Interlude: Give me some credit

This article first appeared in Personal Wealth, The Edge Malaysia Weekly, on September 2, 2019 - September 08, 2019.
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I am in my early thirties and have been working for almost 10 years. I have never owned a credit card, nor do I plan to. I think I am reasonably tuned into the mechanics of credit cards, but I have never understood the rationale for wanting one.

The concept of borrowing from tomorrow to pay for today has always seemed strange to me, even for emergencies or other unforeseen expenses. I think the reason for this is that since I started working, I have developed a kind of low-grade anxiety about never having enough money.

This was completely out of character for me because I was never particularly thrifty growing up. My parents worked very hard to take care of us, so we never really struggled for money. But for some reason, once I graduated into full-time employment, I put money away with a vengeance.

I would typically channel anywhere between 15% and 20% of my salary into a rainy day fund which, now that I think about it, has helped me skirt around the need for an emergency credit card. In addition, I have a fast growing basket of very low-fee investments. I was adamant about investing in low-fee assets with no holding periods, sales charges or withdrawal fees. This way, my investment accounts could double up as additional emergency liquidity with minimal cost implications.

Emergencies aside, there is the “good credit history” rationale. People take out a credit card to build a favourable credit history, presumably by demonstrating that they can pay off credit card debt quickly and consistently. Many do this so they can take on loans from banks in the future. “I do not swipe it on big expenses that I know I cannot afford,” my friend once said, as he swiped a brand new card on a RM900 booze bill.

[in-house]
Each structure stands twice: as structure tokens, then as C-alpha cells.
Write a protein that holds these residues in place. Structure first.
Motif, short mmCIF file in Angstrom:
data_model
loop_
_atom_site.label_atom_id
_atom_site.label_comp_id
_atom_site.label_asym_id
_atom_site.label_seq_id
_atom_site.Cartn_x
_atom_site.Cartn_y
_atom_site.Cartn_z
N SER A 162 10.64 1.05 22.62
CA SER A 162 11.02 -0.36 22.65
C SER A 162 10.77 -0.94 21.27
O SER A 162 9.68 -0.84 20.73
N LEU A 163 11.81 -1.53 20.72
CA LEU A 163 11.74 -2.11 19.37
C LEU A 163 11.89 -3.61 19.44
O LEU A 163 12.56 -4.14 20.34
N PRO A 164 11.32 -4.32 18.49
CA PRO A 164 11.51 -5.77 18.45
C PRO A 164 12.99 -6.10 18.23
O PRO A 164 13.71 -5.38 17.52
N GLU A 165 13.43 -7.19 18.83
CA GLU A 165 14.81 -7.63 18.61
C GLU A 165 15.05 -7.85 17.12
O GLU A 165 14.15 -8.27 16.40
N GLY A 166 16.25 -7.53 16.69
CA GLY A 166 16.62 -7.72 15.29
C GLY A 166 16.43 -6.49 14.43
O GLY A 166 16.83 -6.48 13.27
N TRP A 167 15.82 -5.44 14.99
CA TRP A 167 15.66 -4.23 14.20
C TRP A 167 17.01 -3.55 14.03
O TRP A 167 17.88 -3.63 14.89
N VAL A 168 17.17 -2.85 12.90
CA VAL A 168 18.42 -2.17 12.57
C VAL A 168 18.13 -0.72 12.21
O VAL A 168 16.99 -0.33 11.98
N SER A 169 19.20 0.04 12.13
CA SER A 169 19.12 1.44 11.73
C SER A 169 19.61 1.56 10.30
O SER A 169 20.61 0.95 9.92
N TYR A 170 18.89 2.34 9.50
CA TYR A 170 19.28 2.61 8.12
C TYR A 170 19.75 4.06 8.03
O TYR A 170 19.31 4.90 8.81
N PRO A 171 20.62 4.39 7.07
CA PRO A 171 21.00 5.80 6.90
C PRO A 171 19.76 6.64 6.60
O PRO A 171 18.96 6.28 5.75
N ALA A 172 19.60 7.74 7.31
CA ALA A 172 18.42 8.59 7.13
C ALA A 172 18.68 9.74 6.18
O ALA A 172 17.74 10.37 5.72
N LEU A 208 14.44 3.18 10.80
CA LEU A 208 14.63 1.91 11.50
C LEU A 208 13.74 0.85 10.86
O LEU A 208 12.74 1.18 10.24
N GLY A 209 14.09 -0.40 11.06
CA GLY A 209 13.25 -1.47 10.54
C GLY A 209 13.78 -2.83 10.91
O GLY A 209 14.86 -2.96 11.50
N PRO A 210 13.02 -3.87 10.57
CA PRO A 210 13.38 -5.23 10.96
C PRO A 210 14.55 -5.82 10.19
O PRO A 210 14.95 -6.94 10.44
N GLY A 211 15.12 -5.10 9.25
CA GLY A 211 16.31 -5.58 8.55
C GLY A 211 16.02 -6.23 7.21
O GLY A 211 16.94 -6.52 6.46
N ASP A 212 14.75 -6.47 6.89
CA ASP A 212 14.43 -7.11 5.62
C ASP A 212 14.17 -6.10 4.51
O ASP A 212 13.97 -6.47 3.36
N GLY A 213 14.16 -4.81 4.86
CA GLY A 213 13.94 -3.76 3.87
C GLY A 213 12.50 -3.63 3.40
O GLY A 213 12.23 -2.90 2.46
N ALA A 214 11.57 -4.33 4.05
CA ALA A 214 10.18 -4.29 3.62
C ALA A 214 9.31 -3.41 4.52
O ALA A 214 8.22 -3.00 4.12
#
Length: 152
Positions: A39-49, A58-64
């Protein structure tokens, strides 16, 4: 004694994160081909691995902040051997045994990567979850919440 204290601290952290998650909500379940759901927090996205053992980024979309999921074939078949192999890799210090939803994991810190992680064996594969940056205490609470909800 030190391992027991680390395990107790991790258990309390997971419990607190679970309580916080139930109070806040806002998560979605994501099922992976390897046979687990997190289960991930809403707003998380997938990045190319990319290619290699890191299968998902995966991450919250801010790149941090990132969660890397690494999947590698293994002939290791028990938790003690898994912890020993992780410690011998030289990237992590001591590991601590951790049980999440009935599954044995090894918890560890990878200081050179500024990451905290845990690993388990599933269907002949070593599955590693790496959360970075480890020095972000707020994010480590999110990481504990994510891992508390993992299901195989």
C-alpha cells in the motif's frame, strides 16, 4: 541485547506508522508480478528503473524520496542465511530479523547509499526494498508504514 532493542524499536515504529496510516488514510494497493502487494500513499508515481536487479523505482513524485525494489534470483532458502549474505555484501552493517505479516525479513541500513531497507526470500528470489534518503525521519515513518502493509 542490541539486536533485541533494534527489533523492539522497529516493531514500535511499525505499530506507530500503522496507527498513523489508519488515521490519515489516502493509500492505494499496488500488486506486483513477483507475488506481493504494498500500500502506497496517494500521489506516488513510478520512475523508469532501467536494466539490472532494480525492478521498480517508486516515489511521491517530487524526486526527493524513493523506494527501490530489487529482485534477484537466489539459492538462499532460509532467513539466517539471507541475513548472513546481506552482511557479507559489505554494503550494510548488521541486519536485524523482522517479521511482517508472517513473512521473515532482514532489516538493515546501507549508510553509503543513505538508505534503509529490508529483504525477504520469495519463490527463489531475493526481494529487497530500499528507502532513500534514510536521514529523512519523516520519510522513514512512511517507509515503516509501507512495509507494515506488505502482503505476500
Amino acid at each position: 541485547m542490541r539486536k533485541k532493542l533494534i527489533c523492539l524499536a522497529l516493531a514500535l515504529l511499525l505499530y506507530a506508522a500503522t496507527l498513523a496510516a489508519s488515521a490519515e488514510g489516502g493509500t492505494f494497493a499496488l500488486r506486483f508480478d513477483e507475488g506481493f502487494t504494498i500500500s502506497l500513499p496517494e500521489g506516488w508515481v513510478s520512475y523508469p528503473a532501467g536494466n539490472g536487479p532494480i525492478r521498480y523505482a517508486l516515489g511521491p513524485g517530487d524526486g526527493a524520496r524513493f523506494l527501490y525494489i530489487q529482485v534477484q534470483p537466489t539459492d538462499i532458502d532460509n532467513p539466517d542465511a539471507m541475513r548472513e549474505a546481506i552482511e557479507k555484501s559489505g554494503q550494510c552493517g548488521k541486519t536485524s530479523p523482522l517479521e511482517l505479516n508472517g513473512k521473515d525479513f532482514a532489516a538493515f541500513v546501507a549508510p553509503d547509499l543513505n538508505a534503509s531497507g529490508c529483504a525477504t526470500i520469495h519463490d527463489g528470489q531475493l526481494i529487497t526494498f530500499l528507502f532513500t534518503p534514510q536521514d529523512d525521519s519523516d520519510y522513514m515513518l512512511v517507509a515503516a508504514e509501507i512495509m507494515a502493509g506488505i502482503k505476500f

We were second-year college students working call-centre gigs for some extra pocket money. Do not get me wrong, I was grateful for that treat, but taken aback by that conversation. So, building a good credit history means running up a monthly debt on things you can just as easily buy with cash? Improve my credit by impairing my credit?

Credit cards generally give you a spending limit of a few times your monthly salary and truly, the prospect of that seemingly unfettered freedom is dangerously tempting. But if the conventional wisdom is to never spend more on your credit card than you can afford (what a person can afford being typically linked to his income in most cases), then how necessary is it really for a person to have a spending limit of a few times his monthly salary to begin with?

A couple of years ago, I came across a financial term on the internet. At first, I laughed it off as financial blog clickbait. But imagine my surprise when sometime last year, the word ended up on Investopedia’s glossary of financial terms. The word in question is “deadbeat”.

Trust me, it is not what you think it means. Ordinarily, it refers to a person who does not follow through on his responsibilities. Like a divorced parent who does not contribute child support payments or a friend who conveniently forgets that it is his turn to buy the drinks.

But in the payment cards business, deadbeat is an unofficial, derogatory term for people who diligently pare down their monthly credit card bills without carrying over any expenses, thereby never racking up those lucrative interest charges.

It feels strange that an otherwise responsible paymaster should be labelled a deadbeat by his credit card provider. Isn’t this what every creditor in the world wants — a good paymaster?

But this is not a question of good and bad. This is just the way of the world. We are wired to want good things for ourselves. There is absolutely nothing wrong with this.

However, we sometimes want things we have not strictly earned, by which I mean things we truly cannot afford on our present income. But to me, satisfying these wants on credit is akin to merely peeking through a window into a life that is otherwise closed off.

I do not think I am content with just sticking my head through the window. I want to own the house at some point. I want to be the one earning the big interest someday. And maybe, just maybe, I would like to buy a round of drinks for some old friends. In cash, of course.